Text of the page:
With my poster behind me, I was able to spend a good part of day 2 at the GSA meeting looking at other people’s work. I spent more than half the day in the poster session, looking at some of the 356 posters that were up today.
John Cook and David Rodland used mathematical simulations to try to determine if the giant short-faced kangaroo Procoptodon goliah was capable of hopping, considering that it was much more massive than modern kangaroos. Their preliminary modeling suggests that it likely was able to hop. (The smaller, but related short-faced kangaroo Simosthenurus occidentalis, from AMNH, is shown above.
There were several posters from James Madison University on Eocene igneous rocks from Virginia, including Trimble Knob (below). These included Michael Bulas and Elizabeth Johnson on the age of felsic dikes in this complex (approximately 48 million years), and Derek Guzman and Elizabeth Johnson’s suggestion that Trimble Knob was formed by a single two-stage eruption.
John Nance et al. examined shells of the Miocene-Pliocene snail Ecphora, which is relatively common in Chesapeake Group sediments in Virginia and Maryland (below). Ecphora shells have a distinctive reddish-brown color, which according to Nance et al. is caused by organic molecules that contribute to the outer part of the shell. In addition, Nitrogen 15 values suggest that Ecphora was a predatory snail.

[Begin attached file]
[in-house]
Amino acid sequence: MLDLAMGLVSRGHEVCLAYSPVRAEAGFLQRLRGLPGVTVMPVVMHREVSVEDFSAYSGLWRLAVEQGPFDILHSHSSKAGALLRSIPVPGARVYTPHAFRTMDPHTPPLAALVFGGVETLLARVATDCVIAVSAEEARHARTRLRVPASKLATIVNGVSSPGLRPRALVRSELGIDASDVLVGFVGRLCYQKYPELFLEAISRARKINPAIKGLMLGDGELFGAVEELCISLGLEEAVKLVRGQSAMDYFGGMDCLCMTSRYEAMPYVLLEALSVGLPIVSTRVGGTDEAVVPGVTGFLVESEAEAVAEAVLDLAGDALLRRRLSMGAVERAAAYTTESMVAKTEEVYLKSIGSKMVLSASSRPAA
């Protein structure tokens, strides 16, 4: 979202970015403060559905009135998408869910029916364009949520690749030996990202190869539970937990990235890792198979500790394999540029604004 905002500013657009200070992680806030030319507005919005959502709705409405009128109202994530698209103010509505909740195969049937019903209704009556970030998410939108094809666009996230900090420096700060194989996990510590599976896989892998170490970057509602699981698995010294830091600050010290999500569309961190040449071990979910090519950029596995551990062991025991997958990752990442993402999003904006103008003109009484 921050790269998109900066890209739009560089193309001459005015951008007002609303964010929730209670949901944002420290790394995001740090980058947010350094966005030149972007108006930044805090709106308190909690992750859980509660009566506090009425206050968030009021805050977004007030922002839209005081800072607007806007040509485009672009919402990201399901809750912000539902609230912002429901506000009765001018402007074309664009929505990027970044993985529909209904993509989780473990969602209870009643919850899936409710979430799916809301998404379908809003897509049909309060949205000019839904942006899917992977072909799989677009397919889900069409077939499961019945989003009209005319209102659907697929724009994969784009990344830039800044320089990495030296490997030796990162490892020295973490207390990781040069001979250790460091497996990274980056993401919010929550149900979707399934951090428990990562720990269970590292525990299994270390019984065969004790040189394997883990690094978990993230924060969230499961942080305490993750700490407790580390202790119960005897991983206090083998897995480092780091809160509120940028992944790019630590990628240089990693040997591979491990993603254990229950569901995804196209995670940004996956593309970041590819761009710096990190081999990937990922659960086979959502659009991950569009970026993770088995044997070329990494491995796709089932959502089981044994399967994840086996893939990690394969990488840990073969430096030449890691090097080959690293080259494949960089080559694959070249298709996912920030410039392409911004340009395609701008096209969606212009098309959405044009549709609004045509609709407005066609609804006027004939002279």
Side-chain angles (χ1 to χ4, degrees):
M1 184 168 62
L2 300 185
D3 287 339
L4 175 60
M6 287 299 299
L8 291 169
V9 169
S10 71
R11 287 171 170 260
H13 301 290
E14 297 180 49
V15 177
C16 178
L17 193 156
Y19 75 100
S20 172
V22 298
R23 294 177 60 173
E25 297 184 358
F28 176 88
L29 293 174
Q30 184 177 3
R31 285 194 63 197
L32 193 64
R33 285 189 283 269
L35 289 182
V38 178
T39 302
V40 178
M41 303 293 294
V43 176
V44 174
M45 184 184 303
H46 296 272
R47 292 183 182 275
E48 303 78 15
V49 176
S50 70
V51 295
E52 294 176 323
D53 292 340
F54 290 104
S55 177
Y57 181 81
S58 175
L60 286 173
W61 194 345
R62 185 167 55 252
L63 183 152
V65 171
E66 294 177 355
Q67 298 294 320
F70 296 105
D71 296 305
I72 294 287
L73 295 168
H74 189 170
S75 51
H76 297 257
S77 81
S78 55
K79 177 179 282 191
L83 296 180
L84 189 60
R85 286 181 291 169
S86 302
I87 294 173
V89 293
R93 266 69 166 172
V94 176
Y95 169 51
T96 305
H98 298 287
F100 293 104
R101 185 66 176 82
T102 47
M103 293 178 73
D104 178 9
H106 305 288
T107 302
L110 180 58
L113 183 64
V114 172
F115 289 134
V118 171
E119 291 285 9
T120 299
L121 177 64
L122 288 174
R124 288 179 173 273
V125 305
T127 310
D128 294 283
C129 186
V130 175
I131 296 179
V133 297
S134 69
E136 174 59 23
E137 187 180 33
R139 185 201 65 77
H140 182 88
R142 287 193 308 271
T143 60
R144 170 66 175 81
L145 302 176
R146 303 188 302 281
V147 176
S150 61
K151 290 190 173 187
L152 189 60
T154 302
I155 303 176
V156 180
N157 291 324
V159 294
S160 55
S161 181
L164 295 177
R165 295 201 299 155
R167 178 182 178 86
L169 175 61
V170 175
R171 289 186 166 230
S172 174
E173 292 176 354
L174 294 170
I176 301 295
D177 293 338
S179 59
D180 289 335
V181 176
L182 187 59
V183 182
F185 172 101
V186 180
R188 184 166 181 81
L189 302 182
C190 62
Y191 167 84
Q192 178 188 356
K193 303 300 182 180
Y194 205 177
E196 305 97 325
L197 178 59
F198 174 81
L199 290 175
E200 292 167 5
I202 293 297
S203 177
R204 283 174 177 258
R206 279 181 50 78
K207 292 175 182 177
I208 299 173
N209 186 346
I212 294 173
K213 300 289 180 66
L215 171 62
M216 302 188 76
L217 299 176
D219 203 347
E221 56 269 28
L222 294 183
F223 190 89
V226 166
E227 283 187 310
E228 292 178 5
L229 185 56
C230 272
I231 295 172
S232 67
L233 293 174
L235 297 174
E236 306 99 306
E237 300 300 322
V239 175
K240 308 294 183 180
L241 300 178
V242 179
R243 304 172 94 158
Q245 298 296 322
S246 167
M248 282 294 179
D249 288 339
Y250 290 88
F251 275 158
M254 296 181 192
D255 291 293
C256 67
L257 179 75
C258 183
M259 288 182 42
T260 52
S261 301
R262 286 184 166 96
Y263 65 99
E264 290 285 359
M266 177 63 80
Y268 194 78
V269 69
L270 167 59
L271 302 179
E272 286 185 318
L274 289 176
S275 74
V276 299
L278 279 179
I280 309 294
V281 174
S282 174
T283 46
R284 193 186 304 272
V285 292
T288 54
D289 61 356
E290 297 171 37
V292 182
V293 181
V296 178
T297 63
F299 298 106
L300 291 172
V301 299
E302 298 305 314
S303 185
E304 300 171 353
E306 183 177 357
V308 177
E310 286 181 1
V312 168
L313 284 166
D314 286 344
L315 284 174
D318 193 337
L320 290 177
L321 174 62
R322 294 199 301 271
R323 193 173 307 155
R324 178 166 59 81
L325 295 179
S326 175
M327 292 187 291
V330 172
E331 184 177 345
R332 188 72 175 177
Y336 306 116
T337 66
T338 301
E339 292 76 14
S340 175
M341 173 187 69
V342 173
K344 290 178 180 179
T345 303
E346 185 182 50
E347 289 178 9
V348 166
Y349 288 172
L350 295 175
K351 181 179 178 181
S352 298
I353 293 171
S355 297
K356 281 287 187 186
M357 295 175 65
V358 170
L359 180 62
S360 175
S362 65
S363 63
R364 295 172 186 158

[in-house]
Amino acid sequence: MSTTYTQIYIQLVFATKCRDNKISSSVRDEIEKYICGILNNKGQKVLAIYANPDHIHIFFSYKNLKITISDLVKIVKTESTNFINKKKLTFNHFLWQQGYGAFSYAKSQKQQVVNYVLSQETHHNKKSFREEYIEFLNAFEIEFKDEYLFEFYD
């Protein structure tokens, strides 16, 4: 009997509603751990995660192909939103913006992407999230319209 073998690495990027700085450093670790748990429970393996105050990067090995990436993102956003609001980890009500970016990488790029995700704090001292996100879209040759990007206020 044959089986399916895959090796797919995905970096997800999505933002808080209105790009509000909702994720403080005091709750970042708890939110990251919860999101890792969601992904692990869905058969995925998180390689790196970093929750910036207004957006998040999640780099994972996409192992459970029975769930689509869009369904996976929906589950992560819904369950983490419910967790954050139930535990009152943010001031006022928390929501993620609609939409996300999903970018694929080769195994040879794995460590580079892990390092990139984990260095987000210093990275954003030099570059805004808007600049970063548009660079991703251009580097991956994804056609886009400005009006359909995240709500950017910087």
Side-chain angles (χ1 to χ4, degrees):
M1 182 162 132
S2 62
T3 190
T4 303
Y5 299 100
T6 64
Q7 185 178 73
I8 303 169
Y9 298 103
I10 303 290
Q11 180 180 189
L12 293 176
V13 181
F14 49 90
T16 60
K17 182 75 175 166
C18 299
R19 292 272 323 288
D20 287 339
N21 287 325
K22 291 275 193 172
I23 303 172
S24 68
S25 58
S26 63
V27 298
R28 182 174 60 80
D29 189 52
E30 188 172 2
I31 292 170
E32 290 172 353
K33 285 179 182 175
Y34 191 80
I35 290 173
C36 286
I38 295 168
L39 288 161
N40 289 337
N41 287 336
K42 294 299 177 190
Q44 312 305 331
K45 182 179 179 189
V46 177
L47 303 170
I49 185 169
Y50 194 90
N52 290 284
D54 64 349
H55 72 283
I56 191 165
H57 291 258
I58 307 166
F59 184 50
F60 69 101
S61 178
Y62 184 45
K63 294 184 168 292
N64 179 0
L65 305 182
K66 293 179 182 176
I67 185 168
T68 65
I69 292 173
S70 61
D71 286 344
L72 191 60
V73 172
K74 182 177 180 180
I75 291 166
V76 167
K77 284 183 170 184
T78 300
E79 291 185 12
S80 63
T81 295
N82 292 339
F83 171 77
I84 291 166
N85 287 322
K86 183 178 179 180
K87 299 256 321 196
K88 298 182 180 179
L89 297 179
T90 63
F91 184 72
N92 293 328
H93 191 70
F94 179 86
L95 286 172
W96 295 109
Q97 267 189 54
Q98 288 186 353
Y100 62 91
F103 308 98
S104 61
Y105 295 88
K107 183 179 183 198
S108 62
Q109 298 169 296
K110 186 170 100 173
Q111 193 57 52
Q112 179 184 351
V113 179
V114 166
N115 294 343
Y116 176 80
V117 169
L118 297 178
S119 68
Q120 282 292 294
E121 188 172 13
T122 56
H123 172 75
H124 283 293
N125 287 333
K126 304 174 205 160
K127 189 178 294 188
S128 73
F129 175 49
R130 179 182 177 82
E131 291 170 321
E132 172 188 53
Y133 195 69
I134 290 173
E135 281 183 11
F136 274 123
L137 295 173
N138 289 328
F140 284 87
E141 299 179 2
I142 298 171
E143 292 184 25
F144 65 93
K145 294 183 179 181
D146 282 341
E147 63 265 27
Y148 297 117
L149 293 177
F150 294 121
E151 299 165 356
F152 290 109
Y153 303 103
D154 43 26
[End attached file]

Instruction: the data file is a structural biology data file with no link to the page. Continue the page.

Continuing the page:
Jennifer Scully et al., examining images of impact craters on the asteroid Vesta taken by NASA’s Dawn spacecraft, described features that suggest that water may have briefly flowed on Vesta’s surface, even in the absence of an atmosphere. In glorious NASA tradition, these features are referred to as “potential transient liquid water flow features, or PFTs.”
I also made it to another education session, to see Dave Heiser et al.‘s talk on “CT Rocks”, following up on their poster from yesterday. Pete Berquist et al. discussed the advantages of team teaching field courses, and Merry Wilson described the use of an artificial outdoor outcrop (“GeoScene”) to introduce introductory students to fieldwork before releasing them into the wild.
After the sessions were over, many departments had their reunion parties tonight. Brett and I spent some time at the Carleton College reunion, catching up with old friends and teachers and meeting some of the recent graduates (although it is a bit distressing that the new graduates are young enough to be my children).